SAO shows Solo: a not-so Star Wars story

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You don’t have to be a Star Wars fan to enjoy this film. In fact, it’s more entertaining if you aren’t a junkie of the series. Sure, it still has the typical overwhelming score, a few pointless sub-plots and comes packaged in the space western tradition of A New Hope, but overall, this fun flick didn’t need to be a Star Wars movie; it just happened to be one.

The plot is straightforward: Han Solo, played by Alden Ehrenreich, lives on Corellia, a trashy, crime-ridden planet. He works as a thief for a giant worm, and wants to escape Corellia with his girlfriend Qi’ra, played by Emilia Clarke. He gets out and she doesn’t. Han finds heist work in order to buy a ship to rescue her. On his journey, he meets Chewie and many other new characters, while running into a few thrilling surprises.

Solo: A Star Wars Story makes sure to avoid many Star Wars tropes; in Solo, there are no lightsabers, large Nazi-like armies or Jedis. The story is strictly personal, hiding from the cosmic. And unlike Disney’s new episodic movies, in Solo, nearly every instance of Star Wars fan service relates to plot or theme. When Han gets his famous last name “Solo,” it’s not just Star Wars fan service; he thinks he lost his beloved girlfriend, Qi’ra. Yes, it’s how he got his name, but it’s more than that. Fan service is simply bonus — not the main attraction.

Sure, we’ve seen Han (and his pal, Chewie) before, but Ehrenreich makes the role fit himself. Relatively unknown, Ehrenreich had big shoes to fill, and this role deserved to be his big break. The entire world knew and loved the already-established character he stepped into. But he wasn’t afraid to rethink the heroic thief: less crabby than Harrison Ford’s original and just as edgy; clever and charming, but in his own way.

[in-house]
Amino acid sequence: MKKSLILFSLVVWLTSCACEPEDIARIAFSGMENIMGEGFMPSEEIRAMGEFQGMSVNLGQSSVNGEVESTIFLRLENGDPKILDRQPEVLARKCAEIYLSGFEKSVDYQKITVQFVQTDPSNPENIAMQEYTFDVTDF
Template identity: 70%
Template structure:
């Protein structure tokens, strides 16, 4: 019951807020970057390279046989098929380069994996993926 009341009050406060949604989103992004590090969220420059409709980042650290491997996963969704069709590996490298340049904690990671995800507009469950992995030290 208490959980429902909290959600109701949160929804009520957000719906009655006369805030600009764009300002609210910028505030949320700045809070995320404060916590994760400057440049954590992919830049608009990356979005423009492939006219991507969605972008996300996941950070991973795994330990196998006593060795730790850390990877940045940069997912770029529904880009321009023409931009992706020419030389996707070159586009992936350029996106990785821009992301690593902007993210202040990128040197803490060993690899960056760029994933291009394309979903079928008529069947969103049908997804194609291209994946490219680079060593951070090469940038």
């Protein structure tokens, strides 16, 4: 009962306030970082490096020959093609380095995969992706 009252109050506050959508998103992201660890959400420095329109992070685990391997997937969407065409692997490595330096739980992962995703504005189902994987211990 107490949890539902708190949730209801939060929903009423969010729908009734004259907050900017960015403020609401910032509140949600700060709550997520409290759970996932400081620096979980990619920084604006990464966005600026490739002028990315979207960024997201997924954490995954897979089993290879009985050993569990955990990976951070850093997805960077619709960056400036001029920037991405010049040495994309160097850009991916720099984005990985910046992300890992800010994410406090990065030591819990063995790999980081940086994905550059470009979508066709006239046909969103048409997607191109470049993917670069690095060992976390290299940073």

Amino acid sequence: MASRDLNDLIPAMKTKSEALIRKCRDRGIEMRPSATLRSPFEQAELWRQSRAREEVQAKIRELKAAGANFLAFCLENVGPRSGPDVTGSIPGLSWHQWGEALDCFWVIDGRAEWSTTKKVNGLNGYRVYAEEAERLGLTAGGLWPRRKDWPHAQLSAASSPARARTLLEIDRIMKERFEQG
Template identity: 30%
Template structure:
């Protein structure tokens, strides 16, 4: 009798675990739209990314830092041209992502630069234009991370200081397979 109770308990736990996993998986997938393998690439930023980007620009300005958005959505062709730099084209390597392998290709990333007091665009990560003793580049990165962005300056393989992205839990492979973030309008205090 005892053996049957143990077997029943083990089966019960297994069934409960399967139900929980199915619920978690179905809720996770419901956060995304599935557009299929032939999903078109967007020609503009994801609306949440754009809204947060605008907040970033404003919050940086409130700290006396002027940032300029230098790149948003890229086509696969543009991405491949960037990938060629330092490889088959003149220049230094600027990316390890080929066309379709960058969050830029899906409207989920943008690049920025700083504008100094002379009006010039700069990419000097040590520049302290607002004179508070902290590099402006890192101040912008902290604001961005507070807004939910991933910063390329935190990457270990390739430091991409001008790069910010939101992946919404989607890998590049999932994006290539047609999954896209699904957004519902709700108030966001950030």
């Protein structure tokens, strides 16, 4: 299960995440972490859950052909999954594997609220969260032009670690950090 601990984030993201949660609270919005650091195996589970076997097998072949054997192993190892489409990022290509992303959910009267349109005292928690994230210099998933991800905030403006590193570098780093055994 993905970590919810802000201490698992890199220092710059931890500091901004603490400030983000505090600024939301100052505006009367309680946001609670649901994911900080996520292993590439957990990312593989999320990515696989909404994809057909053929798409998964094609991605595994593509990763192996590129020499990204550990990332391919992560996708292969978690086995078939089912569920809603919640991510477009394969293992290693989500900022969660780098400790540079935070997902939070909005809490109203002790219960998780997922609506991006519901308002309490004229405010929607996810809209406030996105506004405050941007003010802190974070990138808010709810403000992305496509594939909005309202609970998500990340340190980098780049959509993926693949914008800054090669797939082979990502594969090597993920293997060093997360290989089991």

So, what exactly is Solo if it’s not the typical copy-and-paste Star Wars movie? It’s a space western, romance, heist film with interesting character dynamics and an intriguing plot full of backstabbing and surprises. With nuanced characters and one of the most exciting heists in recent cinema, we have a creative film with engaging characters that demand the screen.

Woody Harrelson’s Beckett is the most entrancing of these characters. Quite simple, as the ending reveals, but nevertheless a unique performance for a refreshing character — gritty but never fully stepping into the role of antagonist.

It’s worth noting that he may also serve as a lesson in how to write a flat character: he doesn’t change and that’s purposeful. Beckett doesn’t trust anyone, making him the real “solo” of the film — he alone makes Solo worth watching.

As a refreshing blockbuster, Solo is worth the watch.

SAO showed Solo: A Star Wars Story on Friday, Sept. 14. The next SAO movie will be Won’t You Be My Neighbor, a biopic about Mr. Rogers, on Sept. 22 at 8 p.m.